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Keep Calm And Drive

By raccars Published

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Whether it's the challenge of squeezing your massive SUV into a teeny tiny multistorey parking space, being stuck in traffic for hours and hours or other drivers' bad road manners, driving can be a stressful business. If, like 52% of other drivers, you feel your blood pressure rising every time you get behind the wheel, it may be time to investigate some stress busting tactics.

Leave yourself more time

At the risk of stating the obvious, leaving earlier gives you more chance of arriving on time and should make for a far more relaxed journey. If your morning commute is a nightmare, could you start work earlier? The roads are invariably more pleasant at the crack of dawn than in mid rush hour.

Listen to calming tunes

Music psychologists recommend listening to music while driving to help beat stress. Research suggests that two thirds of drivers already use the calming power of music but you have to choose your tunes carefully - apparently 'Someone Like You' by Adele, 'Imagine' by John Lennon and 'Africa' by Toto are all good stress busters, but you should avoid 'Firestarter' by the Prodigy or anything like thrash metal...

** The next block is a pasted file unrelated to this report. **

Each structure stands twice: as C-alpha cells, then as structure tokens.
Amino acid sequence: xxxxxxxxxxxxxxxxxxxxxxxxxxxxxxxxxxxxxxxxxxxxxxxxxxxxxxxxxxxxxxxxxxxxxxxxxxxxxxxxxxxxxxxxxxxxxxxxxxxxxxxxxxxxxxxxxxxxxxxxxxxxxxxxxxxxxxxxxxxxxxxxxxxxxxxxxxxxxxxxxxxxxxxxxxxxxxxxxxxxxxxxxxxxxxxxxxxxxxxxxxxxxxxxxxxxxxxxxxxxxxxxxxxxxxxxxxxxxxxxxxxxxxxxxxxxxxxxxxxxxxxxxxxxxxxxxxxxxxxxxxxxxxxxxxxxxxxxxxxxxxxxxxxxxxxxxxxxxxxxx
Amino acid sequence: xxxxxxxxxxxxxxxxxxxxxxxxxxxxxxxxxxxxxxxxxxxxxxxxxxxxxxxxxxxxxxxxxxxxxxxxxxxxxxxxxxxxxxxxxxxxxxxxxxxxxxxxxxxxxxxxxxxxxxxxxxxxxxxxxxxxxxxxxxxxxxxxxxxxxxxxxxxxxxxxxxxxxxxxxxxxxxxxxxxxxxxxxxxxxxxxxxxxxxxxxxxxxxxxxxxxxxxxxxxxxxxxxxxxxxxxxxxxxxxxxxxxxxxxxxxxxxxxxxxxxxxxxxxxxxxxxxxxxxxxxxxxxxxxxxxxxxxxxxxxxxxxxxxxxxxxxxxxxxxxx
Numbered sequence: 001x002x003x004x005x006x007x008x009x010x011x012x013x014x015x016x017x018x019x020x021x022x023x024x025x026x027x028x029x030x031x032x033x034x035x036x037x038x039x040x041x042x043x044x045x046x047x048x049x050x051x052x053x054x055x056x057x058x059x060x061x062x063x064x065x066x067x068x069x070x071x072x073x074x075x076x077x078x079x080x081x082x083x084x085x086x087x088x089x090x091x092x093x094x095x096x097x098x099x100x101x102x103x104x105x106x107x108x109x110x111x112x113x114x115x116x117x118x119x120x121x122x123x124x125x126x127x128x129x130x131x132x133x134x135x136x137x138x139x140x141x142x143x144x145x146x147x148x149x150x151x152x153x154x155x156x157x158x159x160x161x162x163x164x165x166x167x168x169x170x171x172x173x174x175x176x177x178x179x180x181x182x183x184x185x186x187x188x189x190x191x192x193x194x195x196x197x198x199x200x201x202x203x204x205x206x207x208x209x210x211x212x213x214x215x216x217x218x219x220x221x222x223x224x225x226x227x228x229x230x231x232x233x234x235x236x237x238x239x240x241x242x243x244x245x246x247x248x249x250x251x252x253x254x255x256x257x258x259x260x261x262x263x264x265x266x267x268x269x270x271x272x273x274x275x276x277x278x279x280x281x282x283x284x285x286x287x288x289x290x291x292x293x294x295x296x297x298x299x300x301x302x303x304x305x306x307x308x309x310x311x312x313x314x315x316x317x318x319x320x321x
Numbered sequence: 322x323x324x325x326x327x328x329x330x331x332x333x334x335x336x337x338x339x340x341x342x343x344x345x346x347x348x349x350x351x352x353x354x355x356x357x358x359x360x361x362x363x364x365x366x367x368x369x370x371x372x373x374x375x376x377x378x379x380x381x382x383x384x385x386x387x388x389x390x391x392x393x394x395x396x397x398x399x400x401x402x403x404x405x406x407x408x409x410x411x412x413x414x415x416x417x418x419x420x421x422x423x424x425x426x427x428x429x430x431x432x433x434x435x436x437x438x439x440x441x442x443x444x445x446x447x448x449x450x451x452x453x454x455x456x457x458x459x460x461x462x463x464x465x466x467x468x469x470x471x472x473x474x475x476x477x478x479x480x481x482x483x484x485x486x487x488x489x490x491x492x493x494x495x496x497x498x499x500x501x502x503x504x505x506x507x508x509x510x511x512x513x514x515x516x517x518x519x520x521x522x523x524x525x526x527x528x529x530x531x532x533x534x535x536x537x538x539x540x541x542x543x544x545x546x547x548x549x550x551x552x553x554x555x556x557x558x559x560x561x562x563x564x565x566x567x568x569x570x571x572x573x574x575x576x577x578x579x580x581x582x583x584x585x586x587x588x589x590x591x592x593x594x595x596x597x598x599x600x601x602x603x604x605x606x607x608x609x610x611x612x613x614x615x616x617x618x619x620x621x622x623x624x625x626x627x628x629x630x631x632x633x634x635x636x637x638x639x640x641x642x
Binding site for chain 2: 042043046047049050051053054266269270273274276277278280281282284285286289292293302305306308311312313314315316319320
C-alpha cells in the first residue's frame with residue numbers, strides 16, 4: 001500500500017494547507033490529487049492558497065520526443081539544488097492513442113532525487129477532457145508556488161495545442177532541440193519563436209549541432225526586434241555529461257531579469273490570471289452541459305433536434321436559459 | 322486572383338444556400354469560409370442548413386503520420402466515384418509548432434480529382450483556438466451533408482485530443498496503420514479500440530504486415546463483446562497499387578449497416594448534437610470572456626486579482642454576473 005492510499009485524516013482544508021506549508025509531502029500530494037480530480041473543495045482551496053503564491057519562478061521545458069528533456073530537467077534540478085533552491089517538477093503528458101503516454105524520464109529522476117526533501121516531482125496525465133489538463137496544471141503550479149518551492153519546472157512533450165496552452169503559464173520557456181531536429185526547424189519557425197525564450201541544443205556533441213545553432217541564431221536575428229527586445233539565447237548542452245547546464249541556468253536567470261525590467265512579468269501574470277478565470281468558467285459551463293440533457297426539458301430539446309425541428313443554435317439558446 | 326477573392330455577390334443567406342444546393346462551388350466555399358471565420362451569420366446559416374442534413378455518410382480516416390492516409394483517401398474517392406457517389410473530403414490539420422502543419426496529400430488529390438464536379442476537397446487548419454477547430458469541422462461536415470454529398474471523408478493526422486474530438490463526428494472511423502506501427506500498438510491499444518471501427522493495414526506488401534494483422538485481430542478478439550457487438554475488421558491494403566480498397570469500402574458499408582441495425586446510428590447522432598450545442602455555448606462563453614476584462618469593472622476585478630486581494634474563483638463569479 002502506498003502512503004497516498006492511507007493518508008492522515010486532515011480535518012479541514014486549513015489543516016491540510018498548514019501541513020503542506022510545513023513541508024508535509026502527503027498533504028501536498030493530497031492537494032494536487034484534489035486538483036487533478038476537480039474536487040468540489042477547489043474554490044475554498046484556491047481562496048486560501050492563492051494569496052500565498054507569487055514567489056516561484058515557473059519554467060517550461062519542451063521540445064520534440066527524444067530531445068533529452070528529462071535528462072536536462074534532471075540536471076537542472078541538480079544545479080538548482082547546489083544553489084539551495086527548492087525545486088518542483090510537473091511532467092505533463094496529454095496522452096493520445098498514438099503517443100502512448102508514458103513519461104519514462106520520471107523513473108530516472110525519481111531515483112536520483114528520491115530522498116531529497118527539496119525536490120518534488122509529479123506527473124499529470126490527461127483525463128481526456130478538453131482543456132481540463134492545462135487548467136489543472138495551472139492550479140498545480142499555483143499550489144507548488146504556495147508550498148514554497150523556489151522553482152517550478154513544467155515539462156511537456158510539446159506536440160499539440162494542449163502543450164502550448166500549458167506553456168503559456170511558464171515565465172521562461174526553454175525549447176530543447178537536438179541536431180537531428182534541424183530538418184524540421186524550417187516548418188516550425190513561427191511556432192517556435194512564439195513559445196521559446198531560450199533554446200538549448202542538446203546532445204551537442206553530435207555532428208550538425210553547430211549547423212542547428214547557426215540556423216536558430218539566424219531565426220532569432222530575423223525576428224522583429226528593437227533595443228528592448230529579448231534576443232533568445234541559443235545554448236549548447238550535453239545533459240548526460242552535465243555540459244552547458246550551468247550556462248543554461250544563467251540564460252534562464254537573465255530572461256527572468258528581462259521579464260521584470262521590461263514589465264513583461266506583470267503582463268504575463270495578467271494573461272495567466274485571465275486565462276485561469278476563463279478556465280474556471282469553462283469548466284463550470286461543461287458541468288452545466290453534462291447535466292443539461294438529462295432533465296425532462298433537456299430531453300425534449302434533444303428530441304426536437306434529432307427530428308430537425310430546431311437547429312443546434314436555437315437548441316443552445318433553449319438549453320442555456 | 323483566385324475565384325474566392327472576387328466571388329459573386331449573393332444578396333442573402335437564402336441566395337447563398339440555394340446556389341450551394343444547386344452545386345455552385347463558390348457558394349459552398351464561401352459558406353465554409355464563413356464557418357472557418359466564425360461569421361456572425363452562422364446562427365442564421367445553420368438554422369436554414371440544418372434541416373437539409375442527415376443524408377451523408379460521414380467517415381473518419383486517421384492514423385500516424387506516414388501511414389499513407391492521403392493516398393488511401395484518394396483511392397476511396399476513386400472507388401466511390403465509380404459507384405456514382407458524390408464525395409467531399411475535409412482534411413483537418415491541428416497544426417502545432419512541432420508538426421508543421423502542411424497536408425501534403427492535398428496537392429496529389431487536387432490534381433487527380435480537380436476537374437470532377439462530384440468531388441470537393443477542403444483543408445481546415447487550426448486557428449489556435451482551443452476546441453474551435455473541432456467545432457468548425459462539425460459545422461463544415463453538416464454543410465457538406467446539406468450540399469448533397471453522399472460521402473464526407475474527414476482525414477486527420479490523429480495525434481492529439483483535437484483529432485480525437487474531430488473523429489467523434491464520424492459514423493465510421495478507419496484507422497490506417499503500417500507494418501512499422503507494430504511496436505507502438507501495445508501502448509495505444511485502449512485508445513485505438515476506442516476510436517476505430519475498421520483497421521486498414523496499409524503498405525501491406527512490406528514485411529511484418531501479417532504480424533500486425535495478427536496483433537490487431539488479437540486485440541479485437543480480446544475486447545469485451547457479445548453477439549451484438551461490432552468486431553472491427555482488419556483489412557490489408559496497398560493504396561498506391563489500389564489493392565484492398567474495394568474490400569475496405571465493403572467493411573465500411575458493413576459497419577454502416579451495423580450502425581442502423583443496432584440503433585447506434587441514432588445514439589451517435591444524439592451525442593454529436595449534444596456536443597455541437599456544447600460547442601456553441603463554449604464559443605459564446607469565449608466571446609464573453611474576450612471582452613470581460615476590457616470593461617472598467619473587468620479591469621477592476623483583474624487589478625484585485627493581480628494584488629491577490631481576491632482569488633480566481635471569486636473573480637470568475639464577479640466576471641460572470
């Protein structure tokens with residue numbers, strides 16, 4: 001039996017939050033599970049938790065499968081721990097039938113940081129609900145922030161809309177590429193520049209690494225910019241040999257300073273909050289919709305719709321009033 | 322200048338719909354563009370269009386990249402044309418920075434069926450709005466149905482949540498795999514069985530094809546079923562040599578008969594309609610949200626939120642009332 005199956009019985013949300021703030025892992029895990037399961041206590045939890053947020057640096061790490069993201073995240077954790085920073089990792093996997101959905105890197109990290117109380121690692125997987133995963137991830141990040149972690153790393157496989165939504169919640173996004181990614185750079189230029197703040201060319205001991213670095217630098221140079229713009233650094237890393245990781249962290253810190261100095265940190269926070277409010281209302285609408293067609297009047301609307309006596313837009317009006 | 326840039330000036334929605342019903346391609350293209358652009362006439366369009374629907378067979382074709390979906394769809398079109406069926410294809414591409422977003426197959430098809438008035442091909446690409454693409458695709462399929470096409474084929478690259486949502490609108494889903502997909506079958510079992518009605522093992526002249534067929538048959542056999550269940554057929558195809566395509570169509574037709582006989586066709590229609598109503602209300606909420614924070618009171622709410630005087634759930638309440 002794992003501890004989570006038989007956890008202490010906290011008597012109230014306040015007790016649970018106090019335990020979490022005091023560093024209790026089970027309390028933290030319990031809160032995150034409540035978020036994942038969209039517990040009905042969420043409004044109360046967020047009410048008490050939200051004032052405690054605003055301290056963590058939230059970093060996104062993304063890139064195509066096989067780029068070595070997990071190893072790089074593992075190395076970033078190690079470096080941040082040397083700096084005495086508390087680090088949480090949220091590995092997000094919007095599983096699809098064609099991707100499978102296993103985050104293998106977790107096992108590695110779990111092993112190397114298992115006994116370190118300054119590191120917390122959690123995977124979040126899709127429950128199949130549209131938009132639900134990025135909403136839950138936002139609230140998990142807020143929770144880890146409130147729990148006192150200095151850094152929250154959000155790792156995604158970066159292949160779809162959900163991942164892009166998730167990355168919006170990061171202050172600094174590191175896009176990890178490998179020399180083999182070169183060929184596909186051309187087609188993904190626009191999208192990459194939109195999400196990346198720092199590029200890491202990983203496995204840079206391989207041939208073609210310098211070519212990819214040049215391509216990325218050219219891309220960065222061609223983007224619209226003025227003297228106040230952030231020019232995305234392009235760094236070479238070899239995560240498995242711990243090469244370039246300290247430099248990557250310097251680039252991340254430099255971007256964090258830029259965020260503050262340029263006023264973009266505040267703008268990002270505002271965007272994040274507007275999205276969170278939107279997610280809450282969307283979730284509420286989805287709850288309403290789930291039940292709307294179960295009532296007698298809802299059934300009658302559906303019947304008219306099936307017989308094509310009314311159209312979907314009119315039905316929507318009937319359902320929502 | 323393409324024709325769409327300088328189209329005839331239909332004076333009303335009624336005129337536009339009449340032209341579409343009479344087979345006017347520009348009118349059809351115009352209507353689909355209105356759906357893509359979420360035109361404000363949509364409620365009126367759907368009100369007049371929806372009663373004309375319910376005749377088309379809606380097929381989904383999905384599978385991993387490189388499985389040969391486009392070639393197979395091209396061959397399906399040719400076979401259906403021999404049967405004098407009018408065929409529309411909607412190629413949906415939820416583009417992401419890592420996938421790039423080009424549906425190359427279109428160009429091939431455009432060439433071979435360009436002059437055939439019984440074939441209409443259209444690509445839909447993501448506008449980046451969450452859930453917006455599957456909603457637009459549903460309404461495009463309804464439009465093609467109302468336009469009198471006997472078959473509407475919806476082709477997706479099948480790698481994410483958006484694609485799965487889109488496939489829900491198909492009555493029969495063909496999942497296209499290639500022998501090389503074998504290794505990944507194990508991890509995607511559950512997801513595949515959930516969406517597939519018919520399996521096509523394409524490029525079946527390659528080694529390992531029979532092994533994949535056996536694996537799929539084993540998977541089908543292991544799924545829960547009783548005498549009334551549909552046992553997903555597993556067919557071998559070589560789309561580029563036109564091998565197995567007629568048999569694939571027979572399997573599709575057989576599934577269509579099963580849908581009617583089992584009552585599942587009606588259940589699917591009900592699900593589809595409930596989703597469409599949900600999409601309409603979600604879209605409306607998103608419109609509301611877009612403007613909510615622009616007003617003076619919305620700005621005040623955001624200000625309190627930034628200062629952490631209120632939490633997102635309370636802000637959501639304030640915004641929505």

Avoid the rush hour

It's not always possible to avoid driving in the rush hour but if you can arrange your journey to take place at any other time of day, then do. Research has revealed that British motorists can spend up to 32 hours of every year stuck in traffic, so see if you can arrange flexitime at work or change your hours, to free up more of that time for more productive activities.

Plan your journey

Don't just blindly follow your sat nav, see if you can find an alternative route with less congestion - or re-arrange the settings, so that your device automatically chooses the route with the least traffic. You may even travel a few extra miles but if you are moving, the journey could still end up shorter and less stressful. If you are travelling to an unfamiliar destination, check your directions on the internet before leaving and investigate parking, rather than driving around for an hour frantically looking for a space when you arrive.

Don't lose your temper

81% of drivers have reported being at the sharp end of a road rage incident. Avoid confrontation whenever possible and don't allow yourself to be wound up by other drivers. If someone cuts you up, smile and wave. If you do something wrong, apologise and move on.

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